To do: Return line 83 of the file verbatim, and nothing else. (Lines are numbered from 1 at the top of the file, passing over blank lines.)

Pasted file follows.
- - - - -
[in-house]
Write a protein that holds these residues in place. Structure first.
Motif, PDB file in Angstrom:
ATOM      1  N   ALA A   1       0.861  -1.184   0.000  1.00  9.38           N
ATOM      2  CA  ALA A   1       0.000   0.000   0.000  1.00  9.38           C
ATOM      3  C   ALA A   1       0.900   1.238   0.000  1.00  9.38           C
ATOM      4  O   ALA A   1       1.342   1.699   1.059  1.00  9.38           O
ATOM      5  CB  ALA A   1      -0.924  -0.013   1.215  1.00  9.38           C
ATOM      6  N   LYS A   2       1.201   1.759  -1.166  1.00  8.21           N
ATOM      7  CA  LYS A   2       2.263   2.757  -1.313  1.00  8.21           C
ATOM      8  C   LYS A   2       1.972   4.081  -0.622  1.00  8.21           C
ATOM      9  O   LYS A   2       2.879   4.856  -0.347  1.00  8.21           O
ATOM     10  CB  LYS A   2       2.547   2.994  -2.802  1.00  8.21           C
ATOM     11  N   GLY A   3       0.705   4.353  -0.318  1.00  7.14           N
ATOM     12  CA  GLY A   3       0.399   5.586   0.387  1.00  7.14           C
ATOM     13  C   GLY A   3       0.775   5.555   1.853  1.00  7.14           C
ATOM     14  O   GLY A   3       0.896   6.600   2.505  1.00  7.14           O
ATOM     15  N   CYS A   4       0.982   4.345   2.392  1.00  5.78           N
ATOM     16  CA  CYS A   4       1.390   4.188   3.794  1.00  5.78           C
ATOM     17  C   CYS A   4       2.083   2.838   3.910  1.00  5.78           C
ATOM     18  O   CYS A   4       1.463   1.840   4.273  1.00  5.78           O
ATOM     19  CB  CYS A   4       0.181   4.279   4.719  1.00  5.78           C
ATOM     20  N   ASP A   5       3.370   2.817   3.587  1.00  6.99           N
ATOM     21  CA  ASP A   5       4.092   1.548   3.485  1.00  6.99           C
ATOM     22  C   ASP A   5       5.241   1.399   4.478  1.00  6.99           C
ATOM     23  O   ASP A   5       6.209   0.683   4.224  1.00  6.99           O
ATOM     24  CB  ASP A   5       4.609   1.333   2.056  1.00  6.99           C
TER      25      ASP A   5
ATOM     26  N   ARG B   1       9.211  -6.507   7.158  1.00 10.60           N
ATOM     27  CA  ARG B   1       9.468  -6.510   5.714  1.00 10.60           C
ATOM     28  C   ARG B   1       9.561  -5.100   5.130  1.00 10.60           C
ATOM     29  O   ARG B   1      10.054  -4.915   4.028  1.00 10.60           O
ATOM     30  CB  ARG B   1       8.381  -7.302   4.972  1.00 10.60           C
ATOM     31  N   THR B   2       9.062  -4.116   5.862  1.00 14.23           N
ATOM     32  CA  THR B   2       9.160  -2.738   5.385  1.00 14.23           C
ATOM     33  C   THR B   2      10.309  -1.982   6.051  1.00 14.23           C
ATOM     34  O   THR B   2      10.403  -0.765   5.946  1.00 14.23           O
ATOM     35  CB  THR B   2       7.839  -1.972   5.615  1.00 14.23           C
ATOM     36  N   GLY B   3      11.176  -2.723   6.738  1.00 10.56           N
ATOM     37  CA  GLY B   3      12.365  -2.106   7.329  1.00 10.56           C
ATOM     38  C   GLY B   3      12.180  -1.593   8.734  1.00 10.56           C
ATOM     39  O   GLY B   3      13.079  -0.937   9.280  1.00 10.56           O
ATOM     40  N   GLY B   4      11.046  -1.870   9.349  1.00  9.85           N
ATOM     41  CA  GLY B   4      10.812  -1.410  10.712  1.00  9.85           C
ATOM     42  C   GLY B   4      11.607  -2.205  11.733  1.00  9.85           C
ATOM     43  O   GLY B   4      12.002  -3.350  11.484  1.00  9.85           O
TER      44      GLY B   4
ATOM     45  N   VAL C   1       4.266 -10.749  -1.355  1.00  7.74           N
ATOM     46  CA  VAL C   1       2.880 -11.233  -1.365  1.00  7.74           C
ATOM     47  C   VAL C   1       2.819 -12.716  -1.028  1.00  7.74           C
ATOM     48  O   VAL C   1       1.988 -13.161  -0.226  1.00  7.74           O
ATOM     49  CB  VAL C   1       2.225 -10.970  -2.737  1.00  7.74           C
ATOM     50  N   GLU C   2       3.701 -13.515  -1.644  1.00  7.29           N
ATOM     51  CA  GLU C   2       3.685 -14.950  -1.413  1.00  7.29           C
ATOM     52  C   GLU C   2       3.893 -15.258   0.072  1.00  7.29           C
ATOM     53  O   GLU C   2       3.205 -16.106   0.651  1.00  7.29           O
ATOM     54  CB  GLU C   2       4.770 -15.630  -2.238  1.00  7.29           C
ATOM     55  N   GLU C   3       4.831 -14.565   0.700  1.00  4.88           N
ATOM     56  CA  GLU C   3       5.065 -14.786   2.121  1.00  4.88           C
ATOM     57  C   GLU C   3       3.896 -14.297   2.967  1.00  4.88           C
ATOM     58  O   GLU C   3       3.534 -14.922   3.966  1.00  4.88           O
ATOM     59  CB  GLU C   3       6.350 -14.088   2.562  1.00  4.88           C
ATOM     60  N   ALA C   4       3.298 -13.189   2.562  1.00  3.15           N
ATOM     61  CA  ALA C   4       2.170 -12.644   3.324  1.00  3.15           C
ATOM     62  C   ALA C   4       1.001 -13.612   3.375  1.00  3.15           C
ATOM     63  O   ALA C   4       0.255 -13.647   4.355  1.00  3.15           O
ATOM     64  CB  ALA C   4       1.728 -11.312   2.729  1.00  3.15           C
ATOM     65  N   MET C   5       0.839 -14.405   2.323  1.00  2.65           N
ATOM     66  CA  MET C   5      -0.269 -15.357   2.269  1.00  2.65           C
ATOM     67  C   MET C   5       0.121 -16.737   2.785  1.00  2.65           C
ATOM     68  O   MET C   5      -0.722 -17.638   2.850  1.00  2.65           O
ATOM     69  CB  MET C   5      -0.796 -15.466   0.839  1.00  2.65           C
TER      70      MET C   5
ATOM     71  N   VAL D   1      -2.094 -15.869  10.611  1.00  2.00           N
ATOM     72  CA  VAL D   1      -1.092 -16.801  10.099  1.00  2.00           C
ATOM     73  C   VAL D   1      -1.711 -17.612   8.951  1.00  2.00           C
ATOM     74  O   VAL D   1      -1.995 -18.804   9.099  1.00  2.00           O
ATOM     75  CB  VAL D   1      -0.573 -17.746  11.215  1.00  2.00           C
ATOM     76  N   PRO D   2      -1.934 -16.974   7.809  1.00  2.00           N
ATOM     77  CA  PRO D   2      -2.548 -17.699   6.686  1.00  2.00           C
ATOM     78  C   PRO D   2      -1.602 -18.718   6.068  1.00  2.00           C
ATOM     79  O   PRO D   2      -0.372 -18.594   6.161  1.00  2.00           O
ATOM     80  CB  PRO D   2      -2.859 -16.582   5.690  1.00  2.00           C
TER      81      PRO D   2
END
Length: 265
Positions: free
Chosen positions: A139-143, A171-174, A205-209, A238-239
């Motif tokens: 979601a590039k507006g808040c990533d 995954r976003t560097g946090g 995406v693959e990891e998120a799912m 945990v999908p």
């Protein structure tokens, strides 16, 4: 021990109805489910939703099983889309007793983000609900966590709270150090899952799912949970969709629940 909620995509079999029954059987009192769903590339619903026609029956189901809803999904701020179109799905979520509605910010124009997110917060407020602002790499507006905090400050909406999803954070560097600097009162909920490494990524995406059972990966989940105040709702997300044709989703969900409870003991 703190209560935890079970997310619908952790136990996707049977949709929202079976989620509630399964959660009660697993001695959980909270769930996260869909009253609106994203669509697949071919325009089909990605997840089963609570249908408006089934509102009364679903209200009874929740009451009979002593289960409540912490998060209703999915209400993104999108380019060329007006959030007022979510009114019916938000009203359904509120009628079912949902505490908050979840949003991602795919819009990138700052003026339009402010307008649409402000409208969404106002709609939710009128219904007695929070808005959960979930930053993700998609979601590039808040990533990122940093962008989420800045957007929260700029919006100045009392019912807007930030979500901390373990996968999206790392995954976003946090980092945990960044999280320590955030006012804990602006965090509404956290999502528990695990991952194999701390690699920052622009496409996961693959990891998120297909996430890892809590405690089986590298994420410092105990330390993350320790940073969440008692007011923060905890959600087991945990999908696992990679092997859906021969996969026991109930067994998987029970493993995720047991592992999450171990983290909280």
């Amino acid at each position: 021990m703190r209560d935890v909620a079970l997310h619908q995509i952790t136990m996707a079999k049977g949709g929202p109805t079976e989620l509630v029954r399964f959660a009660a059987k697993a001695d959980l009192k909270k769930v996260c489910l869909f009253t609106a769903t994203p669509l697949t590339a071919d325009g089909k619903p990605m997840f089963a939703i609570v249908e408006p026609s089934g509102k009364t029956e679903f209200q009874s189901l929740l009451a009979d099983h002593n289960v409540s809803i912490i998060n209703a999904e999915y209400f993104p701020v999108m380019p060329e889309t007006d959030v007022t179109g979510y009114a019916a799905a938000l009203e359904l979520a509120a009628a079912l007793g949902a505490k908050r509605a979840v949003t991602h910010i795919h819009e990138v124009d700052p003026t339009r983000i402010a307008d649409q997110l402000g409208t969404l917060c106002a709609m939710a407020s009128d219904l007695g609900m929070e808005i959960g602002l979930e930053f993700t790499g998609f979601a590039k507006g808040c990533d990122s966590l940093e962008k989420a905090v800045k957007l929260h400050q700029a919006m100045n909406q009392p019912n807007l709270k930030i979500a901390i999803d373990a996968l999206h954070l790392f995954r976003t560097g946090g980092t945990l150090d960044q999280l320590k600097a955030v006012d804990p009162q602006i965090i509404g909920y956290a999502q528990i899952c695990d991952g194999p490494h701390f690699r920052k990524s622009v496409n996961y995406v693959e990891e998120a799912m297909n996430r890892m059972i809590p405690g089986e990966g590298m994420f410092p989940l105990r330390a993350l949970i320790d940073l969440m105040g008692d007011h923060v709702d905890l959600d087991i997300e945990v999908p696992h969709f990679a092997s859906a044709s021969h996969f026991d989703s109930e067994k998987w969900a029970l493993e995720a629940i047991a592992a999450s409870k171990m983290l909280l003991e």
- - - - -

ATOM     80  CB  PRO D   2      -2.859 -16.582   5.690  1.00  2.00           C